Family Rescues ‘Distressed, Lost Puppy’ But He Wasn’t Quite What They Bargained For
Published: May 03, 2022 at 04:29 PM Author: Penny Eims
A family recently rescued what they thought was a distressed, lost puppy, who was wandering near a busy road. But the pup wasn’t quite what they bargained for.
According to the Cape Wildlife Center, the family reached out for help after realizing that they had actually taken in a coyote pup. In a post to social media, the wildlife agency said:
The Eastern Coyote pup was separated from his family last week and was found wandering and distressed by the side of a busy road. He was then accidentally taken home by a local family after they mistakenly identified him as a lost puppy. After realizing their mix up they called us for assistance.
The agency worked with the Massachusetts Department of Public Health to ensure that the coyote pup did not pose a rabies risk and they were cleared to rehab the pup by Mass Wildlife. The agency stated:
He is now recovering comfortably in one of our isolation wards, but will not be on his own for long! A foster sibling has just arrived from @riwildliferehab and they will soon be introduced.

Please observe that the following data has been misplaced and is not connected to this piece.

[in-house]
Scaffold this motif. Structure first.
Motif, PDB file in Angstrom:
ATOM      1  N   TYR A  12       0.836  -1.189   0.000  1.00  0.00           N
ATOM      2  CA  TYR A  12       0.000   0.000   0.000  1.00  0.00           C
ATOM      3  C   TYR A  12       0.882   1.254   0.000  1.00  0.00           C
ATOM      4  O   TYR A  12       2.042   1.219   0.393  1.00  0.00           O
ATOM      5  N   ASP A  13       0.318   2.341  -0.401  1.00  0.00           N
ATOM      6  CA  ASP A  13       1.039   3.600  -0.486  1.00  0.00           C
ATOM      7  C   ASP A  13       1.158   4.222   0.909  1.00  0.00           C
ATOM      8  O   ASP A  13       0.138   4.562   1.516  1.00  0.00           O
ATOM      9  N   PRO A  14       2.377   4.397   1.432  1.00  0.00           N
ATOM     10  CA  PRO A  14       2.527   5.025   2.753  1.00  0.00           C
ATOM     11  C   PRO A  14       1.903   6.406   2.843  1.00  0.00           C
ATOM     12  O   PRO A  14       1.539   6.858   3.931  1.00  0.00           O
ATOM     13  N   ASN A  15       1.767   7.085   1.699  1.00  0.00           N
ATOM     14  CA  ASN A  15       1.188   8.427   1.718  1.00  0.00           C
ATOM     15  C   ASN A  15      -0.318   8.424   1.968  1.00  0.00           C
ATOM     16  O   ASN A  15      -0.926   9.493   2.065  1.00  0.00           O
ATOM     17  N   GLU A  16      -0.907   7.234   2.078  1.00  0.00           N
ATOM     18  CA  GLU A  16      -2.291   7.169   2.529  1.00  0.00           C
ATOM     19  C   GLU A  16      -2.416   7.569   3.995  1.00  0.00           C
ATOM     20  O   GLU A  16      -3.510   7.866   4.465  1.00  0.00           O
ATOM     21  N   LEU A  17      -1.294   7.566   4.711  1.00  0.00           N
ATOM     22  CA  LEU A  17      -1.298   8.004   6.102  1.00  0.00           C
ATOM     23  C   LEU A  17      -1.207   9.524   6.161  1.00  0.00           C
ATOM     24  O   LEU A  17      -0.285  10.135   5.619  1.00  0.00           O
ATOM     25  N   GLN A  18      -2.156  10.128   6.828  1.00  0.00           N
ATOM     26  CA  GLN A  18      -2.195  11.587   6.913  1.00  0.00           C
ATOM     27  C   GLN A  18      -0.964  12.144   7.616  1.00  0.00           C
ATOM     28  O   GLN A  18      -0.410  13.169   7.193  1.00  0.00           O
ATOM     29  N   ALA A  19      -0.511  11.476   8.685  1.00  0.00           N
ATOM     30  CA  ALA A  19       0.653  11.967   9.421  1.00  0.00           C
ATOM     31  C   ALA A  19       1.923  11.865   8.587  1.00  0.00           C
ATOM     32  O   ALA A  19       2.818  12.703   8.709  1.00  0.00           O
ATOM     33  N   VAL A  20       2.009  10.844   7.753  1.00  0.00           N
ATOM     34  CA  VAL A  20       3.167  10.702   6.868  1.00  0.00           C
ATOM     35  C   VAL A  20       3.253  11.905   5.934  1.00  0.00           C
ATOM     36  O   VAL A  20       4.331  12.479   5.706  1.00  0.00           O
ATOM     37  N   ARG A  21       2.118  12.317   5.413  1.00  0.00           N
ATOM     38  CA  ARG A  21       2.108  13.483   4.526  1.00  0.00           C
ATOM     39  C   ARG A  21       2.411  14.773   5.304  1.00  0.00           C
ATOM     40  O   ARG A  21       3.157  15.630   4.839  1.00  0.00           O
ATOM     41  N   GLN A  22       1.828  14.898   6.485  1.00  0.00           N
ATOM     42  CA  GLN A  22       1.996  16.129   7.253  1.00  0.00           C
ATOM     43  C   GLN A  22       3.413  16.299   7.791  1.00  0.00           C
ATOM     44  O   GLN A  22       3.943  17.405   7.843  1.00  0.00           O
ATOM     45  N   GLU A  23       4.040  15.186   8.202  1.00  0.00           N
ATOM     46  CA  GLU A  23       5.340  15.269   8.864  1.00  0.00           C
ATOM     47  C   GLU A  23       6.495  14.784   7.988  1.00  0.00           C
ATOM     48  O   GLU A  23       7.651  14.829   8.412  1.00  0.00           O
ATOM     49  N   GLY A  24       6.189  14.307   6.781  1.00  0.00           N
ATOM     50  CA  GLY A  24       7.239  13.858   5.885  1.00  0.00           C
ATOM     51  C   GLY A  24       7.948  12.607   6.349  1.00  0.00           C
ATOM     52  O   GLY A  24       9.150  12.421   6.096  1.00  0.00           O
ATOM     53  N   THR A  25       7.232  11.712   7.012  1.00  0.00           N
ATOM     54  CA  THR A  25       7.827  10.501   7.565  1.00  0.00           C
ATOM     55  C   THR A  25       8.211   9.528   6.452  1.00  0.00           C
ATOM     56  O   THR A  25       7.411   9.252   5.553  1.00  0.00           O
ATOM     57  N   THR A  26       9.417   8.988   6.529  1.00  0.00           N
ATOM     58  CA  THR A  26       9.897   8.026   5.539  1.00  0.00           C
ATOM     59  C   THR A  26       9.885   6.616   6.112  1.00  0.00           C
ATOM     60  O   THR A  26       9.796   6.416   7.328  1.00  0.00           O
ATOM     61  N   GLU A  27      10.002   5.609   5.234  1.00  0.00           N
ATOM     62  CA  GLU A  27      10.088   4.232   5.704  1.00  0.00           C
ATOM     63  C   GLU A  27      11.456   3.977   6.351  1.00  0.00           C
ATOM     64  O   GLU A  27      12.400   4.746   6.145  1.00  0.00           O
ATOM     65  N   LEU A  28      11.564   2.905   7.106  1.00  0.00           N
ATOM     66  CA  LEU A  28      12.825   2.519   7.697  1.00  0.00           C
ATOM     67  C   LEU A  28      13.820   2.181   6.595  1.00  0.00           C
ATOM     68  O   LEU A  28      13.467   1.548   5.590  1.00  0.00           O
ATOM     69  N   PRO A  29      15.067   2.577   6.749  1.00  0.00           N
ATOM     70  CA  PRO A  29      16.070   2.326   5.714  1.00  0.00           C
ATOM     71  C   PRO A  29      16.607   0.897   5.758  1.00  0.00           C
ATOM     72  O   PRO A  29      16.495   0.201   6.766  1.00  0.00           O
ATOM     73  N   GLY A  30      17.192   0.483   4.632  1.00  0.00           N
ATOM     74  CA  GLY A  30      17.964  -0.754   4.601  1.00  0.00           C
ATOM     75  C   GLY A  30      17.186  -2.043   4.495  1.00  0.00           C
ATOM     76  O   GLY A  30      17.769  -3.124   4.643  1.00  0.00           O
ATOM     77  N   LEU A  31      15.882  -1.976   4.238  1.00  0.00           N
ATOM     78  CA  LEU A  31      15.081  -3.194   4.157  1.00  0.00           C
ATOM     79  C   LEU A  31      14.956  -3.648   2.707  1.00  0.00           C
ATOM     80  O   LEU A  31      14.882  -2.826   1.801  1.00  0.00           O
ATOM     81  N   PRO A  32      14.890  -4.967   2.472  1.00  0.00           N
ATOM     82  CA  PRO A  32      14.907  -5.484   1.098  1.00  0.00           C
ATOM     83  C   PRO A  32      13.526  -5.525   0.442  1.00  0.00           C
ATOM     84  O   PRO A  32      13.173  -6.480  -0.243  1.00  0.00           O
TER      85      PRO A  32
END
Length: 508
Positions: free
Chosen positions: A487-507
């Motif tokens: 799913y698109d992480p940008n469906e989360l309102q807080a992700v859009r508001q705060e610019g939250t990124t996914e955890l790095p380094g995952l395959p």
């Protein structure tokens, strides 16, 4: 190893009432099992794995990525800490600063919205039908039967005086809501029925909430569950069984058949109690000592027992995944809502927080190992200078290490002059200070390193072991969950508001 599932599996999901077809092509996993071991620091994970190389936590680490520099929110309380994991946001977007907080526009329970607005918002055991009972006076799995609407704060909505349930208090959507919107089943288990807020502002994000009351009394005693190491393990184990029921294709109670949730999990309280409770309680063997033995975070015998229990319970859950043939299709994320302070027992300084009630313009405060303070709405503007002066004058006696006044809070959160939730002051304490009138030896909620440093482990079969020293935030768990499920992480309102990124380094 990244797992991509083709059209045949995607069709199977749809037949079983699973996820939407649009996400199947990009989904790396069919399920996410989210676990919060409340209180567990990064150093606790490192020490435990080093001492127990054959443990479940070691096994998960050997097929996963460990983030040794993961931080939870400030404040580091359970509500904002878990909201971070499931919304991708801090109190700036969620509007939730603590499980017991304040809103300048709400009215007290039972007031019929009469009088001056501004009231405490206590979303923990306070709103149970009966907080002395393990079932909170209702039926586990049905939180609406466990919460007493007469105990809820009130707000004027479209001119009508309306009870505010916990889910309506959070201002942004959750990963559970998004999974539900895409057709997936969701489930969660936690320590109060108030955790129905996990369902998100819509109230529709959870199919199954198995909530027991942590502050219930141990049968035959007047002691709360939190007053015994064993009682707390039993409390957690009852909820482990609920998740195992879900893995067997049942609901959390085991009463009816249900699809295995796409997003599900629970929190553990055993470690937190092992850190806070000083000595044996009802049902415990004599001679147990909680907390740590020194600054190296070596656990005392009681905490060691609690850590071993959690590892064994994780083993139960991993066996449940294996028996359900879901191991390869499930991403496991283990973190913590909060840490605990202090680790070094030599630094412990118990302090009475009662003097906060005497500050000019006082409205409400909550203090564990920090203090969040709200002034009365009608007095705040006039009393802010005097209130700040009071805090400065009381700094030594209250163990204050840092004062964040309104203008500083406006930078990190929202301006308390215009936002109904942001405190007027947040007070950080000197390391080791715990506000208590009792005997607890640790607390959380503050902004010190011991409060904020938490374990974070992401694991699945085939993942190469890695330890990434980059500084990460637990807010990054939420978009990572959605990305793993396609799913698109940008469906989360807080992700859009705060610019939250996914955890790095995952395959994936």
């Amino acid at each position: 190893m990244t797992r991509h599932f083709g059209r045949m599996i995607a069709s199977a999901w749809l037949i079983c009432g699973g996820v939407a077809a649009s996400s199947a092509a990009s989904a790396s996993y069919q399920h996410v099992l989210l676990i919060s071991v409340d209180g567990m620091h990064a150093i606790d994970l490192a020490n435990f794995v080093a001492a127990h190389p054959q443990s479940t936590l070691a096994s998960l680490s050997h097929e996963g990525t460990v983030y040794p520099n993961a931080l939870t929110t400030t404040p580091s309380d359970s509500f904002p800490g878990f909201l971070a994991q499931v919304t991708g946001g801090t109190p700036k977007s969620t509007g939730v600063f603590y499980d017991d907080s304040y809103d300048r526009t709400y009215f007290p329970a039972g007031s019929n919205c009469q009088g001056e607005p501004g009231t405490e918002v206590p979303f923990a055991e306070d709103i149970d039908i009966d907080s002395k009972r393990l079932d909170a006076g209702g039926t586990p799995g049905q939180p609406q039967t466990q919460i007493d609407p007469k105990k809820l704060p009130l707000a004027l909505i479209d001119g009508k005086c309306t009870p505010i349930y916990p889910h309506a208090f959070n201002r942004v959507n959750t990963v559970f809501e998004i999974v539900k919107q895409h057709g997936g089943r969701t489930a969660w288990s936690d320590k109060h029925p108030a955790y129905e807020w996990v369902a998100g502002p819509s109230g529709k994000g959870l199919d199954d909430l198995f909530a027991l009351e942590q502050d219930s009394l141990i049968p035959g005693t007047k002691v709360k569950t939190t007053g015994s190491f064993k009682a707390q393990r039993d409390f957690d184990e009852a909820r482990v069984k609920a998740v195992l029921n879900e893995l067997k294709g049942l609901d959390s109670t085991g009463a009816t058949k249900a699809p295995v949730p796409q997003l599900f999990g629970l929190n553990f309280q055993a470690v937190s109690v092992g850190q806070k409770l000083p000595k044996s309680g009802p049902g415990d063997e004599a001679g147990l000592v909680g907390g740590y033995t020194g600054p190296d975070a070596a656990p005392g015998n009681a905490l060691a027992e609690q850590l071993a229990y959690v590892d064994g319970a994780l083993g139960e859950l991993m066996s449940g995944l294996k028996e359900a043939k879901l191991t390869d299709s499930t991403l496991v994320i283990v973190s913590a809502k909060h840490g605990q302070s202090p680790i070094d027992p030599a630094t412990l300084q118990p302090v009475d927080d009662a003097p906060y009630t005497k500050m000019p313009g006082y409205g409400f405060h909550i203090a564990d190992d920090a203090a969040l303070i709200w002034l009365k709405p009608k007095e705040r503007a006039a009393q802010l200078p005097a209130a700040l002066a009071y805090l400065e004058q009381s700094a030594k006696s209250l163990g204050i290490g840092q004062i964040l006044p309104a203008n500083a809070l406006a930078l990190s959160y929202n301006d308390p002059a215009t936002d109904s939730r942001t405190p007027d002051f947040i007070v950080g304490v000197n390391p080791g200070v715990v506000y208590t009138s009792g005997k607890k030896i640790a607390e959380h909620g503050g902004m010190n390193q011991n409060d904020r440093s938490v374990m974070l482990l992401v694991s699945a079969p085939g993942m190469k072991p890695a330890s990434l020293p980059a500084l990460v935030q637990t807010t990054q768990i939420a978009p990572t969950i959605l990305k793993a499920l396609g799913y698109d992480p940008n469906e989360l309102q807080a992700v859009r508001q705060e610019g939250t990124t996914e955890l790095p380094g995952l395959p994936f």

As soon as the pups receive their vaccinations, they will be raised together. The agency said that the pups “will be given a chance to grow and learn natural behaviors in our large outdoor caging. We work hard to give them as much of a natural upbringing as possible, and will work to replicate the essential behaviors and skills they learn from mom and dad.”
While this story has a happy ending, the wildlife agency warns that it could have ended much differently because coyotes are considered to be “rabies vectors” in Massachusetts:
If the finders had been bitten, scratched, or had extended contact we would have been mandated to euthanize the pup and test for rabies. We are grateful to every single person who takes time out of their day to help wildlife when they are need, but we always encourage people to call the appropriate resources prior to intervening, it can help Keep all involved safe!
(Image via Facebook/Cape Wildlife Center)